Harvesting battlefield

in HiveGarden2 months ago

Hello to everyone. So far, we haven't had a chance to hang out or to exchange but here I am! Another lover of nature and cultivation, nice to meet you all!

Growing up in the country and spending the majority of your life in the city can be difficult, especially when you are used to walking around barefoot in the summer and instead of going to the market, you shop in your own garden. In recent years, I've been working hard to get back to growing my own food, I'm halfway there now, just in time for harvest.

Serbia is best known as a major agricultural producer and food exporter in the Balkans, most of the land is arable and it provides greater food independence to households.

Most plants thrive in favorable climatic conditions, making farming much easier, except in recent years when summer temperatures have risen abnormally. As a result, many cultures have failed to adapt or are simply impossible to grow.

This summer, many growers have encountered irrigation issues; in some areas, irrigation is simply not feasible unless you have a garden right next to your house, doing it manually is a real struggle.

Consequences, the tomato literally boiled on the stem, unripe and useless.

Only one of the three tomato varieties planted, beefsteak, mortgage lifter, and better boy (what a name! ), only one withstood all of the trials.

Another challenge that vegetable farming faces are the avoidance of pesticides, with all of the GMO ideal resisting vegetables on the market, using pesticides in domestic production is completely insane.

Lack of rainfall, high temperatures, and organic farming is a real titbit for small pests.
Stinkbug nymphs are the most common visitors to juicy fruits; all they need to do is damage the fruit's skin with their small tentacles, inject a drop or two of saliva, and you can throw it away!

I discovered this one while picking tomatoes; otherwise, stink bugs have several stages of development, and this pest is currently in the third.

But how can the ecosystem be kept in balance in the face of such adversity? Hardly!

Left is for throwing away, right pile is gonna be kept!
Sad, isn't it?
And I intended to grate it, bottle it, and keep it as a winter treat.

A potato that, despite being buried in the ground, did not withstand high temperatures.
80% of it will be thrown away or left in the ground to rot as manure.

This year, many countries are experiencing food production shortages, which is the primary cause of market price increases.
I sometimes wonder if we'll be able to deal with everything we've gotten ourselves into in the hope of making life easier.

Because we suppressed organic production in the past and made it impossible to return to it in the end, the question is whether we will be successful in this or whether we will have to turn to some tropical crops in the future.

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Oh no, so many tomatoes and potatoes you will have to leave there or throw away.
Mom got really nice tomatoes this year, but she is watering them every evening, so much work (and water that is needed - and no rain) around it but there is nothing like the homegrown vegetables!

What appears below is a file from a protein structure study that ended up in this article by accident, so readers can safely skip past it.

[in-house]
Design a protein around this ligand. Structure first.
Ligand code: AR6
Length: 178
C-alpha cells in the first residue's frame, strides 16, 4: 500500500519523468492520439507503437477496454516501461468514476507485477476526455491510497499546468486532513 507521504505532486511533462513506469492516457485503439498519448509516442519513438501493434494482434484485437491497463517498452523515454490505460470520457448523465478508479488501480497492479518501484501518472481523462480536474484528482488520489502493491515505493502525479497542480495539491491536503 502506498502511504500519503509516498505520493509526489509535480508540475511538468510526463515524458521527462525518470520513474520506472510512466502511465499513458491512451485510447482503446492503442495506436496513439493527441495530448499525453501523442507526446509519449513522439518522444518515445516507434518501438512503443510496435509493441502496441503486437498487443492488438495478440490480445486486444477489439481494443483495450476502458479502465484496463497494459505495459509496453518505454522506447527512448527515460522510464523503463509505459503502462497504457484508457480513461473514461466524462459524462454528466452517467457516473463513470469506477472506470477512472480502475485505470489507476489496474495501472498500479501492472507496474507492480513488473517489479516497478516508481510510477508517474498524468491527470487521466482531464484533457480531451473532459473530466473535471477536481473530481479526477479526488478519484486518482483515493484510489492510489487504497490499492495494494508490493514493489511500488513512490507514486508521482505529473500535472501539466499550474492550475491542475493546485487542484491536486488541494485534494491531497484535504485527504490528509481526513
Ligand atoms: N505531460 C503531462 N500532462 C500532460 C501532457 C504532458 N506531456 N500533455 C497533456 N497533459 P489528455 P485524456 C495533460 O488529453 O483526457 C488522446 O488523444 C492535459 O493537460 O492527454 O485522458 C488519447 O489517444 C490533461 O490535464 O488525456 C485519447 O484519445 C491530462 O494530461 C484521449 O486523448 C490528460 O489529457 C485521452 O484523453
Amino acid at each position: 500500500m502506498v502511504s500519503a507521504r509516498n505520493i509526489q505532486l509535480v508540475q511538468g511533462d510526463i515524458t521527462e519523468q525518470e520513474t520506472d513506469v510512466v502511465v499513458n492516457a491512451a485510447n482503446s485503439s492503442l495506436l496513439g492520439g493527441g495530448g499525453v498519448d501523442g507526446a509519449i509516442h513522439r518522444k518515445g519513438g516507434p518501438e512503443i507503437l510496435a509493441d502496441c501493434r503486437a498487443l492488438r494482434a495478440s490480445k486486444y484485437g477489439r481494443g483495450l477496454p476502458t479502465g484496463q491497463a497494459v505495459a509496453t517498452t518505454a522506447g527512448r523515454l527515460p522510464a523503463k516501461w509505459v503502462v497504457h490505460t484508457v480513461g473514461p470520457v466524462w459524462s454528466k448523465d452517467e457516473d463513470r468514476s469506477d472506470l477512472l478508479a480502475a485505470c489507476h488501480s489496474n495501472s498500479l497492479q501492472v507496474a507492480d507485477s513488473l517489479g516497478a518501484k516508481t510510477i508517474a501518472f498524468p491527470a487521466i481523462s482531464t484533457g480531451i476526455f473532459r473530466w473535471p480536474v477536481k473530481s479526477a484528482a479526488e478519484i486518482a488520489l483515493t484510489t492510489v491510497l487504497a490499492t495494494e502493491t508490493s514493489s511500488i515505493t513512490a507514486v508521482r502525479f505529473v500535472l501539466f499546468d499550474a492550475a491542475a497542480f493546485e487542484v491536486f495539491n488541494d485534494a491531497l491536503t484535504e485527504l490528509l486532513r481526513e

I guess it all depends on the soil, here is more sandy terrain and that only makes it more difficult.

My mom also have awesome garden, the soil there is richer in minerals.
Unfortunately we have irrigation system + manually watering but heat is unbearable.
It's a shame to throw it out just like that, but I can't even imagine how big producers are struggling with their losses.

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Thanks guys!

 2 months ago  

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You've been curated by @gardenhive on behalf of the HIVE GARDEN COMMUNITY! We support gardening, homesteading, cannabis growers, permaculture and other garden related content. Delegations to the curation account, @gardenhive, are welcome!

Wohooo! It's appreciated!

Oh this is a lot! Climate change is hitting without mercy different areas on the globe. It’s very sad to see those tomato’s burning and becoming useless because of the sun.

And of course as a prime resource, the situation has consequences in the rest of the productive chain as you mentioned.

I really hope humans can be aware of this and at least do something with what is in our hands for taking care of this planet that is our home.

Harvesting time, in every meaning of that word. Earlier I thought it won't last and the climate will go back to normal, but now I have a totally opposite opinion.

Unfortunately, everyone is experiencing it differently, as you mentioned somewhere it floods, and somewhere it drains. More greens, we need more greeeeens!

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 2 months ago  

Oh I swear you guys get more bugs than I do in my garden in australia! Maybe you need some chickens to keep the bug count down? Or do you think it's the unseasonable weather?

When I first made the garden I made the mistake of putting an orchard too far from the house. I just couldn't get teh water to it in summer (time and energy) so it never really bore fruit. I planted trees closer to water after that and that was more successful. My kitchen garden is in easy reach of a few hosepipes!

Not sure how I missed your comment!

Lately stink bugs are invading this part of the planet, amount is hilarious. Guessing probably cause the climate change, temperatures are way high than usually.

Not quite sure what the problem is, however chickens are discussed for the future, theyvare serious cleaners of these bothering creatures. What we need is a Well, have some plans about it already that will make it lots more easier than it is now.

Since we are both gardening amateurs, there are lots of things to be learned and the most important as we can not change the weather, we must be ready for it in many ways.